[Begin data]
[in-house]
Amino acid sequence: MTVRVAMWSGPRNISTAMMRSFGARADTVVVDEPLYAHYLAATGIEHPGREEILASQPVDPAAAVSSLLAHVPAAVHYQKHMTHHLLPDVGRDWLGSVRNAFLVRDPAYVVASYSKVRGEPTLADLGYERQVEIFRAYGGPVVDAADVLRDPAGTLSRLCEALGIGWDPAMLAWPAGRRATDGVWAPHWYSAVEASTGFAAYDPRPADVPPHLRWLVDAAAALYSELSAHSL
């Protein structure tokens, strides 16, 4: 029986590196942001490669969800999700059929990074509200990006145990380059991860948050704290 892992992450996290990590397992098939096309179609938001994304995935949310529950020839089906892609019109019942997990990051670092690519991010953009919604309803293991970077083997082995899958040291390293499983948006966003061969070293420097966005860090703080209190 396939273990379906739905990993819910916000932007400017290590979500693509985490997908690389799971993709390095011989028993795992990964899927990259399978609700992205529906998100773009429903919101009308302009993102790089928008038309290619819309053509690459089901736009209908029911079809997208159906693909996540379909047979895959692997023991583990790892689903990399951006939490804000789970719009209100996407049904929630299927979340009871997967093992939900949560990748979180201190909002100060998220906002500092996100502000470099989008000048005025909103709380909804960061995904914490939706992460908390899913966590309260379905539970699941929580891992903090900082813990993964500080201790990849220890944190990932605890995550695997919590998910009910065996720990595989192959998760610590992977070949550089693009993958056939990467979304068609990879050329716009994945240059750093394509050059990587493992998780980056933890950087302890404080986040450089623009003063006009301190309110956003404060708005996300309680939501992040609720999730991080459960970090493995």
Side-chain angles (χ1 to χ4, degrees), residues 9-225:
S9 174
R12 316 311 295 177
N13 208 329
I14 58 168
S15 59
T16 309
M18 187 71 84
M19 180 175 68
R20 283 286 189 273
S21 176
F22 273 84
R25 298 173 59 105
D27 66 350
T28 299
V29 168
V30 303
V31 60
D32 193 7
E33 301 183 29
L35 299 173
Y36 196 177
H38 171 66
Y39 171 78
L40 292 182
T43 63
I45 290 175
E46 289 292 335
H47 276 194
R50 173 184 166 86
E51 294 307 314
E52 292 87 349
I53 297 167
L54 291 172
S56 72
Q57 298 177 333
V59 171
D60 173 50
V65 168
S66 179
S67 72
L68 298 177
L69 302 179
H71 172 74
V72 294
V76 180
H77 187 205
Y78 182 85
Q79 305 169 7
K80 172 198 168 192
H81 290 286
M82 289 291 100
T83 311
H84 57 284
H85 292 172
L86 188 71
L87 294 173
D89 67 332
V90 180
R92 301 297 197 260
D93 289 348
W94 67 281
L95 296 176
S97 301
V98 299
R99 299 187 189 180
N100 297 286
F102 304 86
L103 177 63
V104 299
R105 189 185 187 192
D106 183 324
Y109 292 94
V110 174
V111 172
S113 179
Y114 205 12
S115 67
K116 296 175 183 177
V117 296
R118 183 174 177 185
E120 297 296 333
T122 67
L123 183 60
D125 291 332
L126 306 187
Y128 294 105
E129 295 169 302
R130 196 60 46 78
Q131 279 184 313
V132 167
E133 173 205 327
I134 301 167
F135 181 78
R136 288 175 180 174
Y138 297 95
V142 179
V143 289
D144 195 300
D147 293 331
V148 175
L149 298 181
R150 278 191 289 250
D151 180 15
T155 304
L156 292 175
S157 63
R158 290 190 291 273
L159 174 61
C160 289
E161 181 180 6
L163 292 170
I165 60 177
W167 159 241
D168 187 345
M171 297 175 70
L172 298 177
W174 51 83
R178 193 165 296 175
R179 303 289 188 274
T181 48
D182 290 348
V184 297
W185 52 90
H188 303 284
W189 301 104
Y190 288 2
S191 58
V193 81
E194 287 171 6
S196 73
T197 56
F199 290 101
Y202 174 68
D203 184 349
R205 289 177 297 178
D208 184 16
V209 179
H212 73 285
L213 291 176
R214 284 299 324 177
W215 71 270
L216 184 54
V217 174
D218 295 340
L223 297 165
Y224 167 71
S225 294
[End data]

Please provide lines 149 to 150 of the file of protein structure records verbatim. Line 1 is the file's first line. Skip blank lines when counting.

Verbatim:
L223 297 165
Y224 167 71